Are you looking for a school that is distinctly and profoundly American? “The MIT community is driven by a shared purpose: to make a better world through education, research, and innovation. We are fun and quirky, elite but not elitist, inventive and artistic, obsessed with numbers, and welcoming to talented people regardless of where they come from. The Sloan School of Management at Massachusetts Institute of Technology offers these departments and concentrations: accounting, economics, entrepreneurship, finance, general management, health care administration, human resources management, industrial management, international business, leadership, manufacturing and technology management, marketing, management information systems, production/operations management, organizational behavior, supply chain management/logistics, quantitative analysis/statistics and operations research, tax, and technology. Its tuition is full-time: $71,000 per year. At graduation, 84.2 percent of graduates of the full-time program are employed.”
Though graduate students at the Sloan School of Management study at the campus facilities in Cambridge, Mass., their business education has a broader slant. The academic courses are inherently global in nature, and there are dozens of opportunities for students to travel and study abroad. The school also has Action Labs for students to tackle real problems in existing companies in the United States, China and India.
An MBA is generally regarded as the best way to advance up the corporate ladder. Actually the truth is this approach is now so popular, that we now have many universities offering complete MBA programs through online courses alone. These online options allow students an infinitely more flexible schedule allowing them to continue working while earning an advanced degree that teaches them advanced business management skills. These types of programs not only offer a top quality education, but also usable real-world management skills that top-notch supervisors, managers, and executives need to be an expert in, in order to thrive. Not only to thrive, but to excel beyond your wildest imagination.
Here is what MIT has to say about themselves…directly from their website:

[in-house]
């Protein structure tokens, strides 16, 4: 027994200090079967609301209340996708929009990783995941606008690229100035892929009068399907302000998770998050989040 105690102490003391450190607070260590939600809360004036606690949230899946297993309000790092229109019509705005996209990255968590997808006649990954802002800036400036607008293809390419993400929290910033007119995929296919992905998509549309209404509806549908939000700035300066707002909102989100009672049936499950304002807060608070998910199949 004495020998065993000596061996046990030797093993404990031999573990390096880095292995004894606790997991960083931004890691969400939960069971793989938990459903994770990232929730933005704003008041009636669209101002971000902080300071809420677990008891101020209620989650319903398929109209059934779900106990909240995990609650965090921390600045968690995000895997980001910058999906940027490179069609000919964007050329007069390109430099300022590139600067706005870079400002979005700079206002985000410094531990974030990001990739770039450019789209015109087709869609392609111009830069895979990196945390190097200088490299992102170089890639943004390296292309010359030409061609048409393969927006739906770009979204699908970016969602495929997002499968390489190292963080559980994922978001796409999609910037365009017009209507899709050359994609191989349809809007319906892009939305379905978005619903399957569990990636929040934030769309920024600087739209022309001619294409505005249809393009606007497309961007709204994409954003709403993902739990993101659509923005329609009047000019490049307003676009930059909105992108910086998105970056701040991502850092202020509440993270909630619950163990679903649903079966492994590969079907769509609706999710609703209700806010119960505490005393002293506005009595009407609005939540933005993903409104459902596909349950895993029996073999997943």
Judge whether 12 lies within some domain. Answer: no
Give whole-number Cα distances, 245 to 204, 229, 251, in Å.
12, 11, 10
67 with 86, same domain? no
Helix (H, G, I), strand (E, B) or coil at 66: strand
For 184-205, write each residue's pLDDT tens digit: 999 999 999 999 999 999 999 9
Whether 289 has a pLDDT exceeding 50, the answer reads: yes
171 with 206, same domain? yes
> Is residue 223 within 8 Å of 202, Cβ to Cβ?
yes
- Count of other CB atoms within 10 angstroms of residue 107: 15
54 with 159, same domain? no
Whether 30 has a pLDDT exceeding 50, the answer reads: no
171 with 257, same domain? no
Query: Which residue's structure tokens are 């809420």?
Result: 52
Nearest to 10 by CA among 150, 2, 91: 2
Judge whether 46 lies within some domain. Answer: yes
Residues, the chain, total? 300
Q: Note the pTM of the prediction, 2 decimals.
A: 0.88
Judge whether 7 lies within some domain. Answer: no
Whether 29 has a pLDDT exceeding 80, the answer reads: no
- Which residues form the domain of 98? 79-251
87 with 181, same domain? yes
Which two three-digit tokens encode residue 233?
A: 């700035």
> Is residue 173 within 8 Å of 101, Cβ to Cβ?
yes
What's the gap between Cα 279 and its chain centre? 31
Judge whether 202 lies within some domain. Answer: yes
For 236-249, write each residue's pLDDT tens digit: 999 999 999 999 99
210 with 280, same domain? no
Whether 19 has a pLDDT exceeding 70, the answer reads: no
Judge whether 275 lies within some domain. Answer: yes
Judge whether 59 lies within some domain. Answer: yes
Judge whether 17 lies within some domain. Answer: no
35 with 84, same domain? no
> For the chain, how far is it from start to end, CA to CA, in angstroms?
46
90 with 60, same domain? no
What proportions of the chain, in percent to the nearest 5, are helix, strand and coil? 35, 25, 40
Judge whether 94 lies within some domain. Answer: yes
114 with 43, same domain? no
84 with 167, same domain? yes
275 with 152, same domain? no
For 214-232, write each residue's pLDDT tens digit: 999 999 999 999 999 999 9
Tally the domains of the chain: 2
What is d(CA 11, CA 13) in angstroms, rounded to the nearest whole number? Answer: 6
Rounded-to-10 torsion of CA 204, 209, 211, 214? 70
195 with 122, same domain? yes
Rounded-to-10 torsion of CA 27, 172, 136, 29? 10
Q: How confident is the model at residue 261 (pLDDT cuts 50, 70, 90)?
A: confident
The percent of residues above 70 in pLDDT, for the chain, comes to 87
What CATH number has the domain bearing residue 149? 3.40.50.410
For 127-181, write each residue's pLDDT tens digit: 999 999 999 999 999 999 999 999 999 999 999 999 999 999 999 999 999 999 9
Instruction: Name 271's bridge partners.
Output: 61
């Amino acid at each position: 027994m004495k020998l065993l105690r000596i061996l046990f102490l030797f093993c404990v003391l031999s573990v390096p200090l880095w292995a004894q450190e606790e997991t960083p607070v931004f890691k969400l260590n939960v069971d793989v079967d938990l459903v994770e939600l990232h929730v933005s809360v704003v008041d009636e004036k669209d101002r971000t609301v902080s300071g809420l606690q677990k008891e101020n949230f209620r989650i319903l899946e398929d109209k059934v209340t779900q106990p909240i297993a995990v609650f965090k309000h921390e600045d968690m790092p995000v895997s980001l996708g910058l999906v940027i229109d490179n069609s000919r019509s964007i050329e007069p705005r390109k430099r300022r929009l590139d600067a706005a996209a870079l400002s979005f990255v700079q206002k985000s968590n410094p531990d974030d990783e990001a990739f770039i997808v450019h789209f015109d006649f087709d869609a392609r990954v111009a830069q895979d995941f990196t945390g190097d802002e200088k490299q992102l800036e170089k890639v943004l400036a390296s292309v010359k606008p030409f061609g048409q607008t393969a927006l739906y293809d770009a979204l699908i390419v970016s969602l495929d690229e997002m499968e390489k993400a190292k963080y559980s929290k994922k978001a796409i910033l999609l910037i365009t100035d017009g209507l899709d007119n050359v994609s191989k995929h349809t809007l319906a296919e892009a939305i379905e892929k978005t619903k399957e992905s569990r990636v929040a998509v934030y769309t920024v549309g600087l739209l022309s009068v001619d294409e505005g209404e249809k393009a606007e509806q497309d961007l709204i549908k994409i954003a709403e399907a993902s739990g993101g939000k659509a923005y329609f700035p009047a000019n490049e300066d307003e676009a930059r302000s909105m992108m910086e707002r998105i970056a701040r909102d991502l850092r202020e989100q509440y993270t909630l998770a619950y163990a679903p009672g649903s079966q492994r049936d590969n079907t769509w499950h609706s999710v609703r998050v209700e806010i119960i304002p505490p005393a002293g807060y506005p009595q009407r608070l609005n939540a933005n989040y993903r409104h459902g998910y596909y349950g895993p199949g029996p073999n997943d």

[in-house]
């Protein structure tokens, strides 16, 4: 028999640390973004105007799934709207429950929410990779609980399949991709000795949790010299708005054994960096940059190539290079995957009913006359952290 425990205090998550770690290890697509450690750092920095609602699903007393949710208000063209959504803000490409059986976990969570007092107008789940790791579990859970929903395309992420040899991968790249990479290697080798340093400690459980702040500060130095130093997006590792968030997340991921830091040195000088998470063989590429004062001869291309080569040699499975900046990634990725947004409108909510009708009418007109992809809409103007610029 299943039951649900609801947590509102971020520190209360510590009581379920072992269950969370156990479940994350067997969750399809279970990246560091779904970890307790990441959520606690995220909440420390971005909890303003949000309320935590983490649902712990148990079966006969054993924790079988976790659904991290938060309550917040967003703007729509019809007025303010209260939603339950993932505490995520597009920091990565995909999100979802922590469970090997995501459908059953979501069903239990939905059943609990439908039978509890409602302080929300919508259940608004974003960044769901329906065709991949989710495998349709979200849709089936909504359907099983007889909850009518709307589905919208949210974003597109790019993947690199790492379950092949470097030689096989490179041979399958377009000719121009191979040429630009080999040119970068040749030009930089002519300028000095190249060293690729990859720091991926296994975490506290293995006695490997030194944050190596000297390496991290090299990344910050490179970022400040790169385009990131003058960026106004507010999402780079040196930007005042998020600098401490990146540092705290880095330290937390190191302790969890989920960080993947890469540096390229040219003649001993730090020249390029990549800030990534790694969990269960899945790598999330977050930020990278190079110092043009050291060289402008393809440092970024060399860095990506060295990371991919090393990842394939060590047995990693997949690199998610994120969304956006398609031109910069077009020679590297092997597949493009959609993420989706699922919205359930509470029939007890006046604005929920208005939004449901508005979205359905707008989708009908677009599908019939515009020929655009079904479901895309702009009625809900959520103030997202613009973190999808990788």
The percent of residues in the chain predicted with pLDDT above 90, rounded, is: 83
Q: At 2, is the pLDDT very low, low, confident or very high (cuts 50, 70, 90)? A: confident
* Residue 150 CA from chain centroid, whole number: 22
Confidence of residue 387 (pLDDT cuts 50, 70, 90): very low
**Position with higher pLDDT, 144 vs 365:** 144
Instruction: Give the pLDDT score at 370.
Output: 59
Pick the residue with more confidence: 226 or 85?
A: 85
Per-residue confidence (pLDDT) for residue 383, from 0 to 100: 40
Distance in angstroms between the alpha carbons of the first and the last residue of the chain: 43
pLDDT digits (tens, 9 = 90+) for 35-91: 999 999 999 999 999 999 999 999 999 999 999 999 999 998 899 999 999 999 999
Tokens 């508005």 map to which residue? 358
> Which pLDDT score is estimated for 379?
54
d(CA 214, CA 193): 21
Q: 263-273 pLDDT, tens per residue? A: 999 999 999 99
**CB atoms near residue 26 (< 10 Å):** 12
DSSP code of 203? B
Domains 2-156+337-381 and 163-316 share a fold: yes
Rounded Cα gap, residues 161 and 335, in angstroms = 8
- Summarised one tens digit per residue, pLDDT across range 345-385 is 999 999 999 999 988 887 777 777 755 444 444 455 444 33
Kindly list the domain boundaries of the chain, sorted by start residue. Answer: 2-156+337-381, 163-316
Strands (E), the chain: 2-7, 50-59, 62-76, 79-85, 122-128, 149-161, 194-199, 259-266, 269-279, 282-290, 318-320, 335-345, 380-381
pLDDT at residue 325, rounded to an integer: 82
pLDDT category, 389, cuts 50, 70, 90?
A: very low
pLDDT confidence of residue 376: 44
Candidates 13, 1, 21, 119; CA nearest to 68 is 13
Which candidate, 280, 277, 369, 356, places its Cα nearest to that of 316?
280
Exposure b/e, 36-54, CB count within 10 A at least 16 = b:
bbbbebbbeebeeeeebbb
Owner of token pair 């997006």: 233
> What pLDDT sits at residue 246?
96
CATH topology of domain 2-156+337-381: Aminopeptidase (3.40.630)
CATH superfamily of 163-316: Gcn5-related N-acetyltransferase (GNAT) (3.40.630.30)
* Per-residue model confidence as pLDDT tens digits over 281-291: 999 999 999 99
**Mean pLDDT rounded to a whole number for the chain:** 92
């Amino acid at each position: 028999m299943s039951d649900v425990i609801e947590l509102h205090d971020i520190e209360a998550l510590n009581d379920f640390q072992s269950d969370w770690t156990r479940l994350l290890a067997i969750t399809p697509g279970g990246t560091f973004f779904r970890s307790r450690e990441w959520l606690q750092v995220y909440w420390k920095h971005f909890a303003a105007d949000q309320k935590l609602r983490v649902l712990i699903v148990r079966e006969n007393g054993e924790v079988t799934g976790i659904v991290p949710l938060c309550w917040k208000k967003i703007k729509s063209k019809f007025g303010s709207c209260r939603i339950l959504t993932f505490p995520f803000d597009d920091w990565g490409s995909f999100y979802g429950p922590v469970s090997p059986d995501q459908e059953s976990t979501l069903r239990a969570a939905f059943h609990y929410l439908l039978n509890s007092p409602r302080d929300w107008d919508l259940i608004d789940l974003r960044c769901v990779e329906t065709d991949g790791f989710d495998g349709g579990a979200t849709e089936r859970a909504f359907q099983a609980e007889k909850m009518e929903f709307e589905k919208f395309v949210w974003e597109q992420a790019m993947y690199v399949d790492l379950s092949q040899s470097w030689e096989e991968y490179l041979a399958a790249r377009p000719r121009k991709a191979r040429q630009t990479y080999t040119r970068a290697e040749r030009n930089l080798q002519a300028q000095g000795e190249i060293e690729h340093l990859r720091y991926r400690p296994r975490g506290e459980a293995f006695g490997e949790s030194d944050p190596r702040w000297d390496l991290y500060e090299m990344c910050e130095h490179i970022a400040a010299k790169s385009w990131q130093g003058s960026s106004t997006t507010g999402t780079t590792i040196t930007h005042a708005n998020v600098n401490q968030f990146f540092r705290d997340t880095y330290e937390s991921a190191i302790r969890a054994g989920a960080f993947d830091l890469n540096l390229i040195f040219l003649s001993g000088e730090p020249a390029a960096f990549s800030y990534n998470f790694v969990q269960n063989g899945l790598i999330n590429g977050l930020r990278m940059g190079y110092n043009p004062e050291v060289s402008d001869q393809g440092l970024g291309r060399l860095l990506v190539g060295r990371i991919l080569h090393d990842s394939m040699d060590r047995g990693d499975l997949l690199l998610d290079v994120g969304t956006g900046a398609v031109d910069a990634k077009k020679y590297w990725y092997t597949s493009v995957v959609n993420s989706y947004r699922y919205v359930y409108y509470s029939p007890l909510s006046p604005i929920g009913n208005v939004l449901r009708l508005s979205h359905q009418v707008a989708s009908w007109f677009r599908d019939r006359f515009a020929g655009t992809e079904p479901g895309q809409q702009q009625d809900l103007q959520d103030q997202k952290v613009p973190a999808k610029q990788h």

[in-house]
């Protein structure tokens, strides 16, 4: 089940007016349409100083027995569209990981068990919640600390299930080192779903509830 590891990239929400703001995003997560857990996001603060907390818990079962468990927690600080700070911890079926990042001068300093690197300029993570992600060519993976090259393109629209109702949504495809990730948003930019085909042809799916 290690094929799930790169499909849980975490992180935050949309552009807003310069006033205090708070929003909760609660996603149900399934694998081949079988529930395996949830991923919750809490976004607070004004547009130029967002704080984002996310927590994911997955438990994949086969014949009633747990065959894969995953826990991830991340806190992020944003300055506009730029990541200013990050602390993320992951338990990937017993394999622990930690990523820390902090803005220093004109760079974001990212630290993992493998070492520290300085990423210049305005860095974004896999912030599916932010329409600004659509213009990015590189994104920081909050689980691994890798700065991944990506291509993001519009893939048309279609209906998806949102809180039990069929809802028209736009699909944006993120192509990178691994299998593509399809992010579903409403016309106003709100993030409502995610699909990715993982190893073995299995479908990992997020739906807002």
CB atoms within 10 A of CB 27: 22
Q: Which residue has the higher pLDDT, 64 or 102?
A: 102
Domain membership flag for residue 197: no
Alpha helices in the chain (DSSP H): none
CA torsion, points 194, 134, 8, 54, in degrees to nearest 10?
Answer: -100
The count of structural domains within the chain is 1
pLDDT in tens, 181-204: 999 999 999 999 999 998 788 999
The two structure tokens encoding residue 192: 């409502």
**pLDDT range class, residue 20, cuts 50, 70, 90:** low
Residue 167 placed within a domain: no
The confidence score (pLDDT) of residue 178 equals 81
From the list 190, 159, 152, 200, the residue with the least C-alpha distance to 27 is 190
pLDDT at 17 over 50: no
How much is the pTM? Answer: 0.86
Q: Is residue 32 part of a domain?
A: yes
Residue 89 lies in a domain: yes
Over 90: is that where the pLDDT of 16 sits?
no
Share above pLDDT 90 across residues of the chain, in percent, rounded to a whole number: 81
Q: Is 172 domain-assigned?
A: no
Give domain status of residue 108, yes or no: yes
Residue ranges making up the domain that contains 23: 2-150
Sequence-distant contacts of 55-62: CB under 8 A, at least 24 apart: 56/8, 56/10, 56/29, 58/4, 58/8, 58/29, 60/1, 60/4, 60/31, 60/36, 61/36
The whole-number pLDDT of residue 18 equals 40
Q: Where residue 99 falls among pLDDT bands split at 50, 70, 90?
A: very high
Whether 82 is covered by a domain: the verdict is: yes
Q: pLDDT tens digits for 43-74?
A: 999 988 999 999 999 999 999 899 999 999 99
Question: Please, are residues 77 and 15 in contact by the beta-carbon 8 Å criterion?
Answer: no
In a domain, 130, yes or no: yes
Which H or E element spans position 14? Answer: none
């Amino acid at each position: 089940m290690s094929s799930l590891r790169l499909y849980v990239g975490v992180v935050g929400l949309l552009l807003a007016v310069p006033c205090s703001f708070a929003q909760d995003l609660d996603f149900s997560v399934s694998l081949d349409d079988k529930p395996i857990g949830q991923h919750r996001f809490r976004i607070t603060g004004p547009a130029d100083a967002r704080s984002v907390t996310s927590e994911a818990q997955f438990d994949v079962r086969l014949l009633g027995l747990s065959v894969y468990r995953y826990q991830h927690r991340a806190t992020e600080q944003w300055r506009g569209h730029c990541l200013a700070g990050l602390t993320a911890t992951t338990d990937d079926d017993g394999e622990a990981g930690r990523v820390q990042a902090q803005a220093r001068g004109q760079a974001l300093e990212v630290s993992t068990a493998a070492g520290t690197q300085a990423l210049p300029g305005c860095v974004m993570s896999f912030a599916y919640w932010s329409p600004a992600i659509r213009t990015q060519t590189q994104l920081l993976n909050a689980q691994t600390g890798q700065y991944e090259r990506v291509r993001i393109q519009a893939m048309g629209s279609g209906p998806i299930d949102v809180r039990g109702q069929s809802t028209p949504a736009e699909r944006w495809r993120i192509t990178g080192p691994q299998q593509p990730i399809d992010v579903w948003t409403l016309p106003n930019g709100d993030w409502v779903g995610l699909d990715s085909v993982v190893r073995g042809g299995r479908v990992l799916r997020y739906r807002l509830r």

“Founded to accelerate the nation’s industrial revolution, MIT is profoundly American. With ingenuity and drive, our graduates have invented fundamental technologies, launched new industries, and created millions of American jobs. At the same time, and without the slightest sense of contradiction, MIT is profoundly global. Our community gains tremendous strength as a magnet for talent from around the world. Through teaching, research, and innovation, MIT’s exceptional community pursues its mission of service to the nation and the world.
The mission of MIT is to advance knowledge and educate students in science, technology, and other areas of scholarship that will best serve the nation and the world in the 21st century.
The Institute is committed to generating, disseminating, and preserving knowledge, and to working with others to bring this knowledge to bear on the world’s great challenges. MIT is dedicated to providing its students with an education that combines rigorous academic study and the excitement of discovery with the support and intellectual stimulation of a diverse campus community. We seek to develop in each member of the MIT community the ability and passion to work wisely, creatively, and effectively for the betterment of humankind.
Even graduate student organizations at MIT have a global focus, with business clubs for nations around the world. There are also sports clubs for everything from skiing and snowboarding to golfing, and student athletes can join MBA intramural teams to compete with other MBA students throughout the Northeast and across the nation. Students can also compete in yearlong contests in the MIT $100K Entrepreneurship Competition, with cash prizes for winning business plans. Students, faculty and staff meet weekly for Consumption Functions, better known as “C-Functions,” which often celebrate international cultures with food, music and dancing.”
The business school campus is near a stop on the “T” subway system, and downtown Boston is about a 20-minute walk away. Students may live in university housing, though space is limited. MIT is an integral part of its host city of Cambridge, a diverse and vibrant community noted for its intellectual life, history, and thriving innovation climate. With a campus nestled between Central and Kendall Squares, and across the Charles River from Boston’s Back Bay, the Institute is optimally positioned to collaborate with its neighbors and to contribute to its community.
Close to a quarter of Sloan graduates have gone on to become company presidents and CEOs, and some of the most notable alumni include Carly Fiorina, former president and CEO of Hewlett-Packard Co.; John Reed, former chairman of Citicorp; and Benjamin Netanyahu, prime minister of Israel.